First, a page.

EJToday: Top Headlines
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After Peruvian police opened fire June 5, 2009, on indigenous Amazonian people protesting the taking of their land for oil drilling, killing at least 34, some laws have been repealed and some ministers have lost thier jobs.
"When the United States' top energy and commerce officials arrive in China on Tuesday, they will land in the middle of a building storm over China's protectionist tactics to become the world's leader in renewable energy."
The monsoon arrived late and weak in India this year -- a phenomenon some attribute to climate change. As it ponders drought and crop failure, India continues to insist that rich nations must solve the climate problem without its help.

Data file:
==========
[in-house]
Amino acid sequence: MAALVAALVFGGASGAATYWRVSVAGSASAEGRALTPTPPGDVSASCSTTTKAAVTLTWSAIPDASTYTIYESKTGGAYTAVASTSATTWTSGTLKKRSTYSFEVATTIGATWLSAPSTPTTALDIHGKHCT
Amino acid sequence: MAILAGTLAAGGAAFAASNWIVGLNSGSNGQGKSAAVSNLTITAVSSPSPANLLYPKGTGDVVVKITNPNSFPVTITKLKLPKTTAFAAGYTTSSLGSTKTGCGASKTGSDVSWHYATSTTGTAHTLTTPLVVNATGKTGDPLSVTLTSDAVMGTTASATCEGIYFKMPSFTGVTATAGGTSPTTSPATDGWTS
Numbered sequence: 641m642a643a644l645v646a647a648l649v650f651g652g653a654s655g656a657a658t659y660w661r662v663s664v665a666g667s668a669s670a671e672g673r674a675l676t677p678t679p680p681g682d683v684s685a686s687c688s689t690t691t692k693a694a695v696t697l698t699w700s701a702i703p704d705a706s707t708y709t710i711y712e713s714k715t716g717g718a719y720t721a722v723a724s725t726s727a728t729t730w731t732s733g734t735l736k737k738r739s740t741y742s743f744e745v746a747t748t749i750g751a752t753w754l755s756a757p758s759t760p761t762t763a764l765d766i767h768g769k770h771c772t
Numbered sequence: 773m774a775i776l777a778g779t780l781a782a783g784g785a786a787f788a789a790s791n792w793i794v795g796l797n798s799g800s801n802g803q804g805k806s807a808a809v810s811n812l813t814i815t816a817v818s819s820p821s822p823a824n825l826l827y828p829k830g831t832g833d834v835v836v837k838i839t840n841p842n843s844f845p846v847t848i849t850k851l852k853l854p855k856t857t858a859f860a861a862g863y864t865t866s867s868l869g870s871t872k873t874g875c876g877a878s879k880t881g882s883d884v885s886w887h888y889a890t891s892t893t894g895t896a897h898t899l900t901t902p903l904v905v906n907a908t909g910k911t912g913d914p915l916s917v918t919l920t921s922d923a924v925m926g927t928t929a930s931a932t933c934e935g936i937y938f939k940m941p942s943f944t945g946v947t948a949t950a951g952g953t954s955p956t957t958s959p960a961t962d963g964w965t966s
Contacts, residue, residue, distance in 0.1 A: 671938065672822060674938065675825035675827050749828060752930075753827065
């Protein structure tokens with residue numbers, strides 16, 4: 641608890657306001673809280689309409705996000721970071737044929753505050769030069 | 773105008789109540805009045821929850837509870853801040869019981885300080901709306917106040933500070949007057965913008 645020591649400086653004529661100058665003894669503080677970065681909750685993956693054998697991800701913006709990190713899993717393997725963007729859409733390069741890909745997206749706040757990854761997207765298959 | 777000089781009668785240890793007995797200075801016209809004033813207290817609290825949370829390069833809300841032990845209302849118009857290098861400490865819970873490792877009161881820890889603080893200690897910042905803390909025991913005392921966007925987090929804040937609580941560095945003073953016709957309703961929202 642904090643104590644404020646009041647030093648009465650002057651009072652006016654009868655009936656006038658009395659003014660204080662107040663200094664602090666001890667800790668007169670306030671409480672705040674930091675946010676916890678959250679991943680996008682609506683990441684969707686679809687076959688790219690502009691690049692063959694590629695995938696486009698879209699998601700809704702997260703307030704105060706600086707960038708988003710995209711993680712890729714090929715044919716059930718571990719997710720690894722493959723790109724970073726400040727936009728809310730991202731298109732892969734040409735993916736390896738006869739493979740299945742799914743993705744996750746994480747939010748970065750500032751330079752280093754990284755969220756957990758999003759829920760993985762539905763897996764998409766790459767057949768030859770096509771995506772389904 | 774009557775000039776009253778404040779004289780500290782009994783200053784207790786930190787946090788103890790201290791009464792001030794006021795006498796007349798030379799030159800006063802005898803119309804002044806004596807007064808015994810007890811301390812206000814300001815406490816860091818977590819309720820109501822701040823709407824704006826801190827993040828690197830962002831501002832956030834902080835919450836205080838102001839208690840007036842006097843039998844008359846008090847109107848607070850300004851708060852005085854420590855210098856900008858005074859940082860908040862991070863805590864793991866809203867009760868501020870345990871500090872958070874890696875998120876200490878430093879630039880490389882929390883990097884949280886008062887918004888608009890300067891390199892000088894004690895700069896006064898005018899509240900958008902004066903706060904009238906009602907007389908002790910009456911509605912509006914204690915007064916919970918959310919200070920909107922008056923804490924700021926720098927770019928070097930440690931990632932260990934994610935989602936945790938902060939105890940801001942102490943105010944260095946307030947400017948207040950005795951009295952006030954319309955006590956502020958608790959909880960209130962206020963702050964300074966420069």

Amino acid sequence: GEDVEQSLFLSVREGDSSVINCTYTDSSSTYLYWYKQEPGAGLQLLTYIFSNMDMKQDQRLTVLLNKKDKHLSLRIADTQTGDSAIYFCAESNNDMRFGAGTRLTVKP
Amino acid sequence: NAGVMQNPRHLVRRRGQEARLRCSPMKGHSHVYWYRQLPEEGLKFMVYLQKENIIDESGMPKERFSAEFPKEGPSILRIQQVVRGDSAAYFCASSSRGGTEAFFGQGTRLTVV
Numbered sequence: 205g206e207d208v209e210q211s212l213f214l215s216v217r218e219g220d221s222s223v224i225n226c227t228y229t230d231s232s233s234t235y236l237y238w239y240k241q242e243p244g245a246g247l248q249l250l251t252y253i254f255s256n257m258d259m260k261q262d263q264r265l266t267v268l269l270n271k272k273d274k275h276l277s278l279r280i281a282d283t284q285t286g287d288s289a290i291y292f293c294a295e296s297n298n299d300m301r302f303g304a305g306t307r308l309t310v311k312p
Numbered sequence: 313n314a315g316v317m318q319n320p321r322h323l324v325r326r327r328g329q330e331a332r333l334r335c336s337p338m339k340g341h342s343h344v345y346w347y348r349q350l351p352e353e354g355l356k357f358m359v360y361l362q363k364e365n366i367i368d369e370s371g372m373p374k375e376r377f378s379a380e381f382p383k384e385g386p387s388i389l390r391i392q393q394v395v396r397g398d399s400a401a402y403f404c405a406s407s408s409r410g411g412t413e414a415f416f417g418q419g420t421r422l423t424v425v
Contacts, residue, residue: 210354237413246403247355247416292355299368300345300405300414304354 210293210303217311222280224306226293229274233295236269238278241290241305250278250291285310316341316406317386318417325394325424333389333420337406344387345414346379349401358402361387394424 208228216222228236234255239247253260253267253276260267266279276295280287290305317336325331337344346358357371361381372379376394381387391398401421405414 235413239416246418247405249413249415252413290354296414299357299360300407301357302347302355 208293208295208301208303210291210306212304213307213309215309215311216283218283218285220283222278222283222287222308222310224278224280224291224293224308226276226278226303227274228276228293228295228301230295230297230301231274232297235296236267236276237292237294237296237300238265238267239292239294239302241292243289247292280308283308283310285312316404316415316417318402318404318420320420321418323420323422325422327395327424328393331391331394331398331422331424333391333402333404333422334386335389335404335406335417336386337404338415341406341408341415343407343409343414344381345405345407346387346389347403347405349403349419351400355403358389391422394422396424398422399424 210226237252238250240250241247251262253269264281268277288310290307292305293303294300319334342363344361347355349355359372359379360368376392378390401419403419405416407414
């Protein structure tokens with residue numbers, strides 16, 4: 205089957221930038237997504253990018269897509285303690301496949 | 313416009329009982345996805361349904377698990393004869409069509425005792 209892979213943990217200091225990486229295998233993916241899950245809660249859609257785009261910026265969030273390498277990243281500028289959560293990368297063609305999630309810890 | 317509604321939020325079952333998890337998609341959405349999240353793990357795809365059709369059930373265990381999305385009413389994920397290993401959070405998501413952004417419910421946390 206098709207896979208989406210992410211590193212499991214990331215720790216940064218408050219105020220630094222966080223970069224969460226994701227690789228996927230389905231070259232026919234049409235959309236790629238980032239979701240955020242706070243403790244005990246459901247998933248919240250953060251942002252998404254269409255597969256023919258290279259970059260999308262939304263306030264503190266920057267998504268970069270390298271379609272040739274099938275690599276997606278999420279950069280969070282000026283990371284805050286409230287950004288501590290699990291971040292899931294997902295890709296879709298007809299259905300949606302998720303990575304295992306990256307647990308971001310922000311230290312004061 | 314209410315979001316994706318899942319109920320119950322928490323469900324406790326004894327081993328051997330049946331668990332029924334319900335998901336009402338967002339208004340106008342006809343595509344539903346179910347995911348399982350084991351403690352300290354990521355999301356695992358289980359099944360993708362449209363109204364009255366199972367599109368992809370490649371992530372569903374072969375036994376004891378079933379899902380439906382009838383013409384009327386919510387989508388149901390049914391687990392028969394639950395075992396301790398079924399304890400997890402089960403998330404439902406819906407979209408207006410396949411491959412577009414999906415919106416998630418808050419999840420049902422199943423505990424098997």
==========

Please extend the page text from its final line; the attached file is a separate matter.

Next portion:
It took a lawsuit by residents of Sunburst, Montana, to start cleanup of an underground spill of gasoline that took place 50 years earlier.
"The blue, cloudless skies over the Coachella Valley most days hide a darker truth: The area has serious, chronic air pollution challenges."
Environmental activists who campaigned hard to elect Barack Obama president feel cheated and disillusioned by what they see as a lack of leadership and readiness to compromise on environmental issues like climate change.
Marine biologist Jane Lubchenco now heads one of the U.S. government’s key agencies researching climate change -- the National Oceanic and Atmospheric Administration. In an interview with Yale Environment 360, Lubchenco discusses the central role her agency is playing in understanding the twin threats of global warming and ocean acidification.
After many false starts, GM may be getting into position to produce a viable electric car.
The opinions of many Americans on climate change have not caught up with the views of scientists.